Automotive lubricant market in Myanmar has recorded significant changes within the last three years, with the emergence of mid-end segment.
The end of international sanctions against Myanmar has relaxed import procedures including lubricants as it has increased the number of vehicles, leading to more products segmentation in the market.
However, customers remain lacking of knowledge on lubes and are often lured by promotion and sales incentives – making the competition fiercer for more than 200 brands including locals, Asians and internationals, a new report, “Winning Myanmar’s Automotive Lubricant Market,” by B2B growth strategy advisory firm Solidiance revealed.
Ever since of the relaxation of import car procedures between 2010- 12, the number of vehicle ownership rose to 4 million as of July – along with increasing imported cars, which accounted for 92 percent compared to locally produced units. Japanese brands are mainly preferred as it is perceived to have higher durability, taking up to 80 percent of the total car circulation in the country, particularly dominated by Toyota.
Accounting for 65 percent of total lubricant consumption in Myanmar, the automotive lubricant market is now considerably a lucrative target segment, the report said. Outnumbering consumption in the industrial segment, this is due to sharp increase of vehicles import over the last few years, it added.
The increase of number of vehicle ownership as well as imported cars led to a positive growth of automotive lubricant market and products segmentation in the market. Low-grade lubricant accounts for 60 percent, medium grade 35 percent, and high grade 5 percent – a significant change compared to 90 percent market share by low-end tubes before 2010, the report said.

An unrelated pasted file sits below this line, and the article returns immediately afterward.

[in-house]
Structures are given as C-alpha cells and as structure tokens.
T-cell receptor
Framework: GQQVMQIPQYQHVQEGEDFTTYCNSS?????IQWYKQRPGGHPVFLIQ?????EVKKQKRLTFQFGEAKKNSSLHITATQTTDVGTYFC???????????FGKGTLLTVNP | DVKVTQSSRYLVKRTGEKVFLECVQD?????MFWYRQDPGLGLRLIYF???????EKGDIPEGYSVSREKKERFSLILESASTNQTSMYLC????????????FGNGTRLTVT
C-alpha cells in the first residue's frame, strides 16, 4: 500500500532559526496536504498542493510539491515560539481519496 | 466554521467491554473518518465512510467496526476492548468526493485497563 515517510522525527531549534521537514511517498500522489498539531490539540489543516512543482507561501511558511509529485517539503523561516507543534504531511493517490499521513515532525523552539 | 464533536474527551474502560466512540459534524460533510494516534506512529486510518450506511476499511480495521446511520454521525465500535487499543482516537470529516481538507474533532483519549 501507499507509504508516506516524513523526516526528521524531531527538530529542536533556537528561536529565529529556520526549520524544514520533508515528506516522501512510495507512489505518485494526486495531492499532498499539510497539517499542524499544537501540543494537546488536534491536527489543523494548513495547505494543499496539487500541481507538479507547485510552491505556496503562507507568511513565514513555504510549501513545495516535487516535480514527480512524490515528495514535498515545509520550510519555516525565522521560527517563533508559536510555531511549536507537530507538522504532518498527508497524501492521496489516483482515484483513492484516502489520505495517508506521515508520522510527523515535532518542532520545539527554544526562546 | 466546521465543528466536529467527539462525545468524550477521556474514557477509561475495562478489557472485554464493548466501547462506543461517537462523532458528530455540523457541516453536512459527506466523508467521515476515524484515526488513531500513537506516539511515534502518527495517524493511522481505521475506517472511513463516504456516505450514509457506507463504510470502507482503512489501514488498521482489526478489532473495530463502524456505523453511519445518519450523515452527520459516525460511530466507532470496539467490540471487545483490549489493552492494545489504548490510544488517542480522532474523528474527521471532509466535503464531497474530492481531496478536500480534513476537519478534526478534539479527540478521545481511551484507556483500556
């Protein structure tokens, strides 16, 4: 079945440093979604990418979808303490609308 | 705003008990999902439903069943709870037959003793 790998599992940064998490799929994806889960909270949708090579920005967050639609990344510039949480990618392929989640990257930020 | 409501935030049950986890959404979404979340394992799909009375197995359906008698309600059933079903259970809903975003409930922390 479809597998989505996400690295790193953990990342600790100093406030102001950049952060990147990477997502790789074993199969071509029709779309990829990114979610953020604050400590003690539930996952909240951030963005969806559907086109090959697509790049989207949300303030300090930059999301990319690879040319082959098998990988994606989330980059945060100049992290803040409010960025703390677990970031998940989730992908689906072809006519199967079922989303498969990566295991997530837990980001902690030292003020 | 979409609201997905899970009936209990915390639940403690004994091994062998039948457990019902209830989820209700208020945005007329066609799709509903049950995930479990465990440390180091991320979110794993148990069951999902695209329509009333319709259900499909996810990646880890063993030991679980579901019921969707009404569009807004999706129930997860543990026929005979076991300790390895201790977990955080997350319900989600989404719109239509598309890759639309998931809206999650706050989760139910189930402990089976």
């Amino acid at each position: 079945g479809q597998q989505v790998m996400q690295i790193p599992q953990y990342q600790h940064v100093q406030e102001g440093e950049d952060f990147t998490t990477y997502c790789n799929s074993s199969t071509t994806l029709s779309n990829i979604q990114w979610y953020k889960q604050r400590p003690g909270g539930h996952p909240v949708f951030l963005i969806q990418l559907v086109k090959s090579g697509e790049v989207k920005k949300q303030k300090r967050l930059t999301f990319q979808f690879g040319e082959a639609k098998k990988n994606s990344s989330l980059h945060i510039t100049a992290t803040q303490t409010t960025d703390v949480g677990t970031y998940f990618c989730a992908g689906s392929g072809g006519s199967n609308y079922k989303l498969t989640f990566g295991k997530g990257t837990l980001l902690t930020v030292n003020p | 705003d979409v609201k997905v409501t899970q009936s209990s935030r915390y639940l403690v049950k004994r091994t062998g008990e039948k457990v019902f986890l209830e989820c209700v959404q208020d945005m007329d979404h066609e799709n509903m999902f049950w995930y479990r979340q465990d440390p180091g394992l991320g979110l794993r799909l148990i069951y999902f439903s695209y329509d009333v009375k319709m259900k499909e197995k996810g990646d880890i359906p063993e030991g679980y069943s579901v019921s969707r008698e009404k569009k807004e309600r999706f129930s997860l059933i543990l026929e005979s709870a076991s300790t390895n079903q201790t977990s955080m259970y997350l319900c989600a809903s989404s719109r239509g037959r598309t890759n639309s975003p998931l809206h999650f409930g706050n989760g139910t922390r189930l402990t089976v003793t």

It said the customers remain lacking of knowledge on lubricants and their purchasing habit tends to be determined by car workshops and retail shops. Myanmar’s price-sensitive customers are often lured by the promotion and sales incentives in the market.
However, Solidiance said only about 50 out of over 200 registered lubricant brands are currently active in promoting and advertising their high-grade auto lube products.
The report said Yangon and Mandalay will remain as distribution lubricant hubs for medium term of five years, and relaxing imports regulation will continue to increase vehicles number and gain demand for lubricants. Furthermore, the automotive lubricant market volume was estimated to reach over 60 million litres by 2013.
Mid-end segment of automotive lubricants started to emerge after 2010s, and there also have been more movements in the high-end lube segment due to expected increase of demand for new car models as imported vehicles are getting more favoured.
However, low-end brands will continue to dominate the market as consumers are expected to remain price-conscious for the coming years, although it will likely lose share to passenger cars segment, the report added.
International and Asian brands which target medium to high-end car lubricants are entering the market, creating fiercer competition across all segments. They will eventually have no other choice, the report said, than pushing their brand image through advertisements, educating the market about the high-grade lubes, and engaging with service centres and authorised dealers to exclusively distribute their products in the Myanmar’s market.